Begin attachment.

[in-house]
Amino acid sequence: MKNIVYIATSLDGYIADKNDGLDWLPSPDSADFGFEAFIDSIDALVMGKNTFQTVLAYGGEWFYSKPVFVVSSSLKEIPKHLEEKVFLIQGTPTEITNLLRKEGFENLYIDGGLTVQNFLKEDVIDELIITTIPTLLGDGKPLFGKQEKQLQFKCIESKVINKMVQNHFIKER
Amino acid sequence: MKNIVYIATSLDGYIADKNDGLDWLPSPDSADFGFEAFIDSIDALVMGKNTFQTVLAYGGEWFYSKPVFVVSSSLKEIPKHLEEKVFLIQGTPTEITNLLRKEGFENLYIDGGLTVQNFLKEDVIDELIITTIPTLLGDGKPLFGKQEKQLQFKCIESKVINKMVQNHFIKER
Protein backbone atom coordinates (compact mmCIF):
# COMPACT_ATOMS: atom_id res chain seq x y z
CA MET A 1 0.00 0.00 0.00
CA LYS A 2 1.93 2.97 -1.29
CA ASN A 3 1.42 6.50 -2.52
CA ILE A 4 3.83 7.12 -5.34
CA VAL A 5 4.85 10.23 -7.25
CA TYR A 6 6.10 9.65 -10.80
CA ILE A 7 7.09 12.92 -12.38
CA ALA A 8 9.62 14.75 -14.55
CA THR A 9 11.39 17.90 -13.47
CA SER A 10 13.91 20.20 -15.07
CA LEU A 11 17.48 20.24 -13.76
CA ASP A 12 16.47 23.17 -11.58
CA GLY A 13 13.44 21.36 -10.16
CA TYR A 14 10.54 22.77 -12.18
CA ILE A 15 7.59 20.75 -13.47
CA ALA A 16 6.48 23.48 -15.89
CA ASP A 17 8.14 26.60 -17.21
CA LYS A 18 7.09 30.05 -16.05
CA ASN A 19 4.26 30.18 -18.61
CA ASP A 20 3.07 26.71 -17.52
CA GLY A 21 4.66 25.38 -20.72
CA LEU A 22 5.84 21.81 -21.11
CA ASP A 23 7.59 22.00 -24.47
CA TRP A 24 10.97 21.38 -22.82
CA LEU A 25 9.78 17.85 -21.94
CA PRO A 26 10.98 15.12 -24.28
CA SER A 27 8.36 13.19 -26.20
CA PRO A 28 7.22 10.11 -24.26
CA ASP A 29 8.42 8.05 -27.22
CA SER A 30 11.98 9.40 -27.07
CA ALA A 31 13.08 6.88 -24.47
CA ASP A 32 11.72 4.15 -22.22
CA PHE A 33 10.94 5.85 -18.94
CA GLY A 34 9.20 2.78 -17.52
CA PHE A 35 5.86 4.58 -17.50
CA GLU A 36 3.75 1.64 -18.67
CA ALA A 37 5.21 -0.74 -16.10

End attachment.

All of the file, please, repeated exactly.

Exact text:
[in-house]
Amino acid sequence: MKNIVYIATSLDGYIADKNDGLDWLPSPDSADFGFEAFIDSIDALVMGKNTFQTVLAYGGEWFYSKPVFVVSSSLKEIPKHLEEKVFLIQGTPTEITNLLRKEGFENLYIDGGLTVQNFLKEDVIDELIITTIPTLLGDGKPLFGKQEKQLQFKCIESKVINKMVQNHFIKER
Amino acid sequence: MKNIVYIATSLDGYIADKNDGLDWLPSPDSADFGFEAFIDSIDALVMGKNTFQTVLAYGGEWFYSKPVFVVSSSLKEIPKHLEEKVFLIQGTPTEITNLLRKEGFENLYIDGGLTVQNFLKEDVIDELIITTIPTLLGDGKPLFGKQEKQLQFKCIESKVINKMVQNHFIKER
Protein backbone atom coordinates (compact mmCIF):
# COMPACT_ATOMS: atom_id res chain seq x y z
CA MET A 1 0.00 0.00 0.00
CA LYS A 2 1.93 2.97 -1.29
CA ASN A 3 1.42 6.50 -2.52
CA ILE A 4 3.83 7.12 -5.34
CA VAL A 5 4.85 10.23 -7.25
CA TYR A 6 6.10 9.65 -10.80
CA ILE A 7 7.09 12.92 -12.38
CA ALA A 8 9.62 14.75 -14.55
CA THR A 9 11.39 17.90 -13.47
CA SER A 10 13.91 20.20 -15.07
CA LEU A 11 17.48 20.24 -13.76
CA ASP A 12 16.47 23.17 -11.58
CA GLY A 13 13.44 21.36 -10.16
CA TYR A 14 10.54 22.77 -12.18
CA ILE A 15 7.59 20.75 -13.47
CA ALA A 16 6.48 23.48 -15.89
CA ASP A 17 8.14 26.60 -17.21
CA LYS A 18 7.09 30.05 -16.05
CA ASN A 19 4.26 30.18 -18.61
CA ASP A 20 3.07 26.71 -17.52
CA GLY A 21 4.66 25.38 -20.72
CA LEU A 22 5.84 21.81 -21.11
CA ASP A 23 7.59 22.00 -24.47
CA TRP A 24 10.97 21.38 -22.82
CA LEU A 25 9.78 17.85 -21.94
CA PRO A 26 10.98 15.12 -24.28
CA SER A 27 8.36 13.19 -26.20
CA PRO A 28 7.22 10.11 -24.26
CA ASP A 29 8.42 8.05 -27.22
CA SER A 30 11.98 9.40 -27.07
CA ALA A 31 13.08 6.88 -24.47
CA ASP A 32 11.72 4.15 -22.22
CA PHE A 33 10.94 5.85 -18.94
CA GLY A 34 9.20 2.78 -17.52
CA PHE A 35 5.86 4.58 -17.50
CA GLU A 36 3.75 1.64 -18.67
CA ALA A 37 5.21 -0.74 -16.10